Helping Veterans Today — But Not After December 31, 2010

by Peter G. Miller
August 13th, 2008

What started out as an FHA mortgage reform measure has concluded with various additions. One of the best concerns foreclosure help for veterans — but help with both good news and bad news.

It used to be that service members were protected against foreclosure actions while on active duty and for 90 days thereafter. Under the new legislation the protection period has been extended to nine months.

As well, the 6-percent interest-rate limitation has been extended for a year following active-duty military service.

This is good stuff. It reflects part of a moral obligation to assure that those who are in the military are treated fairly at home.

Yet strangely, and it is strange, the extensions and benefits found in the FHA mortgage reform bill expire on December 31, 2010 — at which point we go back to the old rules.

You have to wonder about this. Who benefits from this sunset provision, shareholders and managers of some giant corporation or members of the armed services who are risking their lives to defend the country?

In 2003 I wrote that we ought to make military incomes tax-free. That would represent an instant pay increase and thus another inducement to enter the all-volunteer military. It would also be a decent thing to do. At least veteran’s education benefits are improving under the new gi bill– and these benefits have no end date in sight.

Language from the new legislation is below:



(1) EXTENSION OF PROTECTION PERIOD.— Subsection (c) of section 303 of the Servicemembers Civil Relief Act (50 U.S.C. App. 533) is amended by striking
“90 days” and inserting “9 months”.

(2) EXTENSION OF STAY OF PROCEEDINGS PERIOD.— Subsection(b) of such section is amended by striking “90 days” and inserting “9 months”.

(b) TREATMENT OF MORTGAGES AS OBLIGATIONS SUBJECT TO INTEREST RATE LIMITATION.— Section 207 of the Servicemembers Civil Relief Act (50 U.S.C. App. 527)is amended—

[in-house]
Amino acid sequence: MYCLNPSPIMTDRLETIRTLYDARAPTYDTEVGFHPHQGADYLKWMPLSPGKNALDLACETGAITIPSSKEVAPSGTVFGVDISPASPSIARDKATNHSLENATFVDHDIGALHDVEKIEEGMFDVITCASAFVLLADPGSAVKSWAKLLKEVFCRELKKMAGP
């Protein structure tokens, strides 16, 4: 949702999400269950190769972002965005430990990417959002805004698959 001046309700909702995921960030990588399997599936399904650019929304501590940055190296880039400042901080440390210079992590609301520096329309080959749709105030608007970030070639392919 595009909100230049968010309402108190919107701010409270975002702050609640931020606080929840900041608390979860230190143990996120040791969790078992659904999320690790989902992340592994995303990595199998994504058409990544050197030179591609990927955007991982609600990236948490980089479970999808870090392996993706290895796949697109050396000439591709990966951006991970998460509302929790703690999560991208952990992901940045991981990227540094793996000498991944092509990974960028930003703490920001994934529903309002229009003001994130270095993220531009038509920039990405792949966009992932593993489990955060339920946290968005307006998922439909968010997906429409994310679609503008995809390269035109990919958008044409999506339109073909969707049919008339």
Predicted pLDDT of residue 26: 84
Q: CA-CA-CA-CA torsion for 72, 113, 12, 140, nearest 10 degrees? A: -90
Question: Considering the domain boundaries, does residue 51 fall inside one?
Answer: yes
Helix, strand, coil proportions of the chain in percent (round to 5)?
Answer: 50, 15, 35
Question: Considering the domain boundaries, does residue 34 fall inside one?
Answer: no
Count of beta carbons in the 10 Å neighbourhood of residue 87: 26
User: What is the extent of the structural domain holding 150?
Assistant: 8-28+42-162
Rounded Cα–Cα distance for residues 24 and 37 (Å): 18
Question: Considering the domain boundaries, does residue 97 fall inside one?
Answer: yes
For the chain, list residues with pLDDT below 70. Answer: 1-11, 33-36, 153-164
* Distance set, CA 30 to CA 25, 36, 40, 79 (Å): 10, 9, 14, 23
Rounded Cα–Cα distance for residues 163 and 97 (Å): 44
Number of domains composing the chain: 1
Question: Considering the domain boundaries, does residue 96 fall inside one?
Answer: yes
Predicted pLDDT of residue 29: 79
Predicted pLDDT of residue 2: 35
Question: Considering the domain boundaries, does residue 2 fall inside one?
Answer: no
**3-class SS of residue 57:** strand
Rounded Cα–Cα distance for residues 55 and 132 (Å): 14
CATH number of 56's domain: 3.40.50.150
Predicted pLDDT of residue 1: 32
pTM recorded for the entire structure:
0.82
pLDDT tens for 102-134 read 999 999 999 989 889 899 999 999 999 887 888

(1) in subsection (a)(1), by striking “in excess of 6 percent” the second place it appears and all that follows and inserting “in excess of 6 percent—

“(A) during the period of military service and one year thereafter, in the case of an obligation or liability consisting of a mortgage, trust deed, or other security in the nature of a mortgage; or

“(B) during the period of military service, in the case of any other obligation or liability.”; and

(2) by striking subsection (d) and inserting the following new subsection:

“(d) DEFINITIONS.— In this section:

“(1) INTEREST.— The term ‘interest’ includes service charges, renewal charges, fees, or any other charges (except bona fide insurance) with respect to an obligation or liability.

“(2) OBLIGATION OR LIABILITY.— The term ‘obligation or liability’ includes an obligation or liability consisting of a mortgage, trust deed, or other security in the nature of a mortgage.”.


(1) EFFECTIVE DATE.—The amendment made by subsection

(a) shall take effect on the date of enactment of this Act.

(2) SUNSET.—The amendments made by subsection (a) shall expire on December 31, 2010. Effective January 1, 2011, the provisions of subsections (b) and (c) of section 303 of theServicemembers Civil Relief Act, as in effect on the day before the date of the enactment of this Act, are hereby revived.

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